Rye bleeds six figures over Coke deal

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By Carys Mills and Vanessa Greco

Ryerson will lose over $130,000 in funding this year because students didn’t drink enough Coke.

An exclusive deal with Coca-Cola required Ryerson to sell a certain number of their products within a five-year term. Because Ryerson didn’t sell enough, the university is bound to Coke for another year without any guaranteed payoffs.

Coke paid Ryerson $765,000 to keep their brand exclusively on campus. Each year scholarships, bursaries and athletics received the bulk of the cash.

John Corallo, director of ancillary services, negotiated the contract and is now left to make up the lost funding. “A contract is a contract and we have to deal with it,” he said.

The agreement stated that if Ryerson didn’t meet the quota, Coca-Cola could extend the contract and withhold further financial rewards. The extension will last a year, unless Ryerson can sell the remaining products in less time.

“We don’t want to lose anything that services our students,” said Ivan Joseph, athletic director. “I consider Coca-Cola the university’s big partner. Anytime we lose any sponsor, that’s a concern.”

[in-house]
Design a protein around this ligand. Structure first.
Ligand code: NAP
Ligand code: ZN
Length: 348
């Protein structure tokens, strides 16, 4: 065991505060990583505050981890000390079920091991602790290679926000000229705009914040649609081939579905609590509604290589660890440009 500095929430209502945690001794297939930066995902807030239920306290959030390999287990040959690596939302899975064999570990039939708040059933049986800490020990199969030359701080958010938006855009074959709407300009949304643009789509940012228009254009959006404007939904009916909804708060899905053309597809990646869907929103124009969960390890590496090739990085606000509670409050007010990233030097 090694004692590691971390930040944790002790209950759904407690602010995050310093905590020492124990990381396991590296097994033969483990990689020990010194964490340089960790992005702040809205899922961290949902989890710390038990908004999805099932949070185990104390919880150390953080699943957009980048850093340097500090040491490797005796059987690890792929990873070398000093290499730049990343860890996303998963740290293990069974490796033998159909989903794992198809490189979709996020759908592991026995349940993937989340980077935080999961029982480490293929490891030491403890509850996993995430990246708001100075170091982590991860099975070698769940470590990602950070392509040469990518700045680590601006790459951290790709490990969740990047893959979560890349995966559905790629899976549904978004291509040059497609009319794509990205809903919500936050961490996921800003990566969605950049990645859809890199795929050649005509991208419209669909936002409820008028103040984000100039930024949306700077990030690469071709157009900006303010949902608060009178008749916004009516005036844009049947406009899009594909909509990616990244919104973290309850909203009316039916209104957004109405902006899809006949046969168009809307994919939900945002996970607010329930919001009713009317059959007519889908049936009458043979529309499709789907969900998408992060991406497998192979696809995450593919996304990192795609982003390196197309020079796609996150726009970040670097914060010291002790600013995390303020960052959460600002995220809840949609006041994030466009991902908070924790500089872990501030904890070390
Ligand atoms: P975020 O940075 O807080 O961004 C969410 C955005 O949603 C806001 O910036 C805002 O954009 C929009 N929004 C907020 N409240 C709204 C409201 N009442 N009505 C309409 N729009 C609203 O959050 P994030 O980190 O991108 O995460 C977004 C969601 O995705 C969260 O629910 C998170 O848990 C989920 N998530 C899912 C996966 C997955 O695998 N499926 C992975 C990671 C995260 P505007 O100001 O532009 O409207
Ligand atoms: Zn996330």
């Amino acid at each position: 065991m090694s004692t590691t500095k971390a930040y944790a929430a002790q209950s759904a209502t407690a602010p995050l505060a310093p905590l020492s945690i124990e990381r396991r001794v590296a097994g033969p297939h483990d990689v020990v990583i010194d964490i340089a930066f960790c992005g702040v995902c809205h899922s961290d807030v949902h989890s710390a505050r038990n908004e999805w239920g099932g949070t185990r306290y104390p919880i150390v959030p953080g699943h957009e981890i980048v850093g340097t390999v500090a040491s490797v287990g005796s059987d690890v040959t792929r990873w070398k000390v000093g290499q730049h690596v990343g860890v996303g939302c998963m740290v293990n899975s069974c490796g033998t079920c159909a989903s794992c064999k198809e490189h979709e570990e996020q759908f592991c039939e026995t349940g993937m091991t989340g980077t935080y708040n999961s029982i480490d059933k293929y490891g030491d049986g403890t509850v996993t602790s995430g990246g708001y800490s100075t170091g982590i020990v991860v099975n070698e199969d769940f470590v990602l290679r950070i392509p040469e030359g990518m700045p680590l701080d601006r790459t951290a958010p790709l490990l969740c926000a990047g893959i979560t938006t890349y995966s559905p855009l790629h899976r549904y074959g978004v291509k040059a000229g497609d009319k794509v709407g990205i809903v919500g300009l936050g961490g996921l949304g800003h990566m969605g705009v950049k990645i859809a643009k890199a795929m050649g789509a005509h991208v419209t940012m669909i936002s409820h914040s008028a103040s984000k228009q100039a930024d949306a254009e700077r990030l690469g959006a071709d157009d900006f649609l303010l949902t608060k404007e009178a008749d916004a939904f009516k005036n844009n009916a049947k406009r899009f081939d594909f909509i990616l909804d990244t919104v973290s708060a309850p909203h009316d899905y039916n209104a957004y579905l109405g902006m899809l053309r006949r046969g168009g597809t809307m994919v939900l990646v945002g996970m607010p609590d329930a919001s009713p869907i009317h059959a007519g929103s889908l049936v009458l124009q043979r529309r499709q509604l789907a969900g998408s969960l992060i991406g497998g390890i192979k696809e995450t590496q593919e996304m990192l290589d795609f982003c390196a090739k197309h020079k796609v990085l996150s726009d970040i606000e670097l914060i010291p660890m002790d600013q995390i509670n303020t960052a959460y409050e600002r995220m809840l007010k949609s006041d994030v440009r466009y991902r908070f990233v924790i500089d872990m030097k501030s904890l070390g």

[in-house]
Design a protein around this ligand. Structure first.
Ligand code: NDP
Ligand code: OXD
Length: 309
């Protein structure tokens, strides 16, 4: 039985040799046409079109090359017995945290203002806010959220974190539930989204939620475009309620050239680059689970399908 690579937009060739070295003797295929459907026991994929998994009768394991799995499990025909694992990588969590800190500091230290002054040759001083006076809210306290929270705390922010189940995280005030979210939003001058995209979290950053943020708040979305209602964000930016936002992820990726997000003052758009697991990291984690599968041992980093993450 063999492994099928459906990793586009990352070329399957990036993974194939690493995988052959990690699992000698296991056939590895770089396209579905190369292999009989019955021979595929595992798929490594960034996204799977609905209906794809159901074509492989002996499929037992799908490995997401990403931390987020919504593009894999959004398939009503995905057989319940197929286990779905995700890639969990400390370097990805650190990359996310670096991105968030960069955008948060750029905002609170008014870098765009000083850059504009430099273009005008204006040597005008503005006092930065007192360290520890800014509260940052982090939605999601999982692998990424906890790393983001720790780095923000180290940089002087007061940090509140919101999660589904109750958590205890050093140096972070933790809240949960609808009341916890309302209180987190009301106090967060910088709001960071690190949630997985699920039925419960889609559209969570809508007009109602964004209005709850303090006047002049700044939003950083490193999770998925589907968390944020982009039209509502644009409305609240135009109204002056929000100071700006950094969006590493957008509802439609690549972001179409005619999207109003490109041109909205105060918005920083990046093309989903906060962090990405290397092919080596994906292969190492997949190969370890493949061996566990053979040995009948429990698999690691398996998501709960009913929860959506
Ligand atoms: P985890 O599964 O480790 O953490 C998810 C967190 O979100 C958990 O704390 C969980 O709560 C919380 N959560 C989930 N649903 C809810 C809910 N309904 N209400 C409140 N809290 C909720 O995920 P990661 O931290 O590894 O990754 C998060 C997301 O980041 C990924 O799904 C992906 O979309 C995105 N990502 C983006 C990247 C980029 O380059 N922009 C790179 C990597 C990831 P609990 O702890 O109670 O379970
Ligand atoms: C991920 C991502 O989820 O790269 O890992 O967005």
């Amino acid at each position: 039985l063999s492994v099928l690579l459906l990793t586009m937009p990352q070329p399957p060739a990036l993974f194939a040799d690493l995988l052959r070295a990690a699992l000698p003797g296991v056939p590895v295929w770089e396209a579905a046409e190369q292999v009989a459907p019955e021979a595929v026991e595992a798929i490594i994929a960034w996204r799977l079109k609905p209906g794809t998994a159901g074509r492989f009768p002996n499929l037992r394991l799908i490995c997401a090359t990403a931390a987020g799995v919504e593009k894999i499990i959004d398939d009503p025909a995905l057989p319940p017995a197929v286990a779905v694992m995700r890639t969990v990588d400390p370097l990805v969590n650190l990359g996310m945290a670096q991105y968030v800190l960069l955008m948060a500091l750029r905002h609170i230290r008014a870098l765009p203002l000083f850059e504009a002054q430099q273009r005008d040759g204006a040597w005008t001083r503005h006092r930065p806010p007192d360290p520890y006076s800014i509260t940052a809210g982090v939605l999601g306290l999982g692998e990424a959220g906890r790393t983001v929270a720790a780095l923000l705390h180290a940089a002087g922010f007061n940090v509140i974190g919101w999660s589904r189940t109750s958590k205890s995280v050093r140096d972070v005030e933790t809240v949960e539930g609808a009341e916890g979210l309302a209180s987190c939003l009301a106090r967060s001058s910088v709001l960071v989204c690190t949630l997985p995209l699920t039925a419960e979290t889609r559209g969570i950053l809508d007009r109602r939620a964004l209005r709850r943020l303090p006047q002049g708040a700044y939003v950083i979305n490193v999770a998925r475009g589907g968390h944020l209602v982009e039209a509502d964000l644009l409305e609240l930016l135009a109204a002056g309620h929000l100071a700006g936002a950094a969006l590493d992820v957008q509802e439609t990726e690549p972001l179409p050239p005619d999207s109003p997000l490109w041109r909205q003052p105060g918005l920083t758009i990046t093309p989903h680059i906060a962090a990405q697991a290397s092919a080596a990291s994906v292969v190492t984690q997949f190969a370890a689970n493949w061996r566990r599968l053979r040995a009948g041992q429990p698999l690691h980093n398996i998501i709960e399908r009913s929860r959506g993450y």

On Oct. 5 at 8:30 a.m., Corallo said the university could lose all funding from Coca-Cola. He had requested that the corporation maintain $15,000 in athletic funding, which had previously been used for Blue and Gold athletics awards and brochure printing. At that time he expected to hear from Coke within a few weeks.

Eight hours later, after the Eyeopener questioned Coca-Cola about Corallo’s request, the corporation confirmed that the athletic funding will remain in place.

Even with the promise of athletic funding, Ryerson is still missing out on thousands of dollars.

Corallo attributes a decline in Coke products purchased on campus to the popularity of healthier beverages.

But Richard Girard thinks health conscious consumers shouldn’t be blamed for the unfulfilled contract. Girard is the research coordinator at Polaris Institute, which has profiled Coca-Cola and its exclusivity deals.

“To say that’s the main reason they’re not meeting the contract is speculation,” he said.

“Ever since these contracts have existed, universities have been missing their quotas,” said Girard.

The first Canadian campus to sign an exclusivity deal was the University of British Columbia (UBC) according to Nancy Toogood, UBC’s Alma Mater Society’s food and beverage manager.

Like Ryerson, UBC didn’t meet their quota so they were stuck with Coke for another two years without financial reward.

“Never again would we enter into an exclusivity deal, no matter how sweet it seems,” said Toogood.

Once Ryerson’s contract extension is over the university can either stick with Coke, choose a rival brand or opt for a local vendor.


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